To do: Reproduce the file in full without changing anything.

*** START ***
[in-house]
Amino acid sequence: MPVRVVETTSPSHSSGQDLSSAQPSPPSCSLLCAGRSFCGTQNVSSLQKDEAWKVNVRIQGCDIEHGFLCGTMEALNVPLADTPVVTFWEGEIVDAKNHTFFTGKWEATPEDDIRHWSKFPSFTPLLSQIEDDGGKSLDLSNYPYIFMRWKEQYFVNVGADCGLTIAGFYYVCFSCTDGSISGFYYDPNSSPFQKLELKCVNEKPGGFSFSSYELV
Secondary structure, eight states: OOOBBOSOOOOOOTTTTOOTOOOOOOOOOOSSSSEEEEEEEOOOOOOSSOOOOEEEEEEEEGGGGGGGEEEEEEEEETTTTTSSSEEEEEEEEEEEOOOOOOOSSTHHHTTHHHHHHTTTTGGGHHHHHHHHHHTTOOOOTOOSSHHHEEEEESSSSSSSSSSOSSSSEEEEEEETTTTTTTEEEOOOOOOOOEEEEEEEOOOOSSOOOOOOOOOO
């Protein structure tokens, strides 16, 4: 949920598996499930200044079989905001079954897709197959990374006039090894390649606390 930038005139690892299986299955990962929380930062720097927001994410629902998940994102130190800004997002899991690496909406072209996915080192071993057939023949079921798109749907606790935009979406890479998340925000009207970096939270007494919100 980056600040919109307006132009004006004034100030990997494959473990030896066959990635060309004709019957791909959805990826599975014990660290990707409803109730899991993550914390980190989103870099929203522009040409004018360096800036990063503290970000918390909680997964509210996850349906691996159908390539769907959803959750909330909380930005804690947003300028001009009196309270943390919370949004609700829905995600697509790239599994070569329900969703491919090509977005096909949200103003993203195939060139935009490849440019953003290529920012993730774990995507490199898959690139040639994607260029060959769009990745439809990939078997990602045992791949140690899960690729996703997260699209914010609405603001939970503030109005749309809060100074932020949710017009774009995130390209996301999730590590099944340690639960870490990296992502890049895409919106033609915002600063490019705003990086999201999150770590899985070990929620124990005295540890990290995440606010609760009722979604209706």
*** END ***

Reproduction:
[in-house]
Amino acid sequence: MPVRVVETTSPSHSSGQDLSSAQPSPPSCSLLCAGRSFCGTQNVSSLQKDEAWKVNVRIQGCDIEHGFLCGTMEALNVPLADTPVVTFWEGEIVDAKNHTFFTGKWEATPEDDIRHWSKFPSFTPLLSQIEDDGGKSLDLSNYPYIFMRWKEQYFVNVGADCGLTIAGFYYVCFSCTDGSISGFYYDPNSSPFQKLELKCVNEKPGGFSFSSYELV
Secondary structure, eight states: OOOBBOSOOOOOOTTTTOOTOOOOOOOOOOSSSSEEEEEEEOOOOOOSSOOOOEEEEEEEEGGGGGGGEEEEEEEEETTTTTSSSEEEEEEEEEEEOOOOOOOSSTHHHTTHHHHHHTTTTGGGHHHHHHHHHHTTOOOOTOOSSHHHEEEEESSSSSSSSSSOSSSSEEEEEEETTTTTTTEEEOOOOOOOOEEEEEEEOOOOSSOOOOOOOOOO
């Protein structure tokens, strides 16, 4: 949920598996499930200044079989905001079954897709197959990374006039090894390649606390 930038005139690892299986299955990962929380930062720097927001994410629902998940994102130190800004997002899991690496909406072209996915080192071993057939023949079921798109749907606790935009979406890479998340925000009207970096939270007494919100 980056600040919109307006132009004006004034100030990997494959473990030896066959990635060309004709019957791909959805990826599975014990660290990707409803109730899991993550914390980190989103870099929203522009040409004018360096800036990063503290970000918390909680997964509210996850349906691996159908390539769907959803959750909330909380930005804690947003300028001009009196309270943390919370949004609700829905995600697509790239599994070569329900969703491919090509977005096909949200103003993203195939060139935009490849440019953003290529920012993730774990995507490199898959690139040639994607260029060959769009990745439809990939078997990602045992791949140690899960690729996703997260699209914010609405603001939970503030109005749309809060100074932020949710017009774009995130390209996301999730590590099944340690639960870490990296992502890049895409919106033609915002600063490019705003990086999201999150770590899985070990929620124990005295540890990290995440606010609760009722979604209706």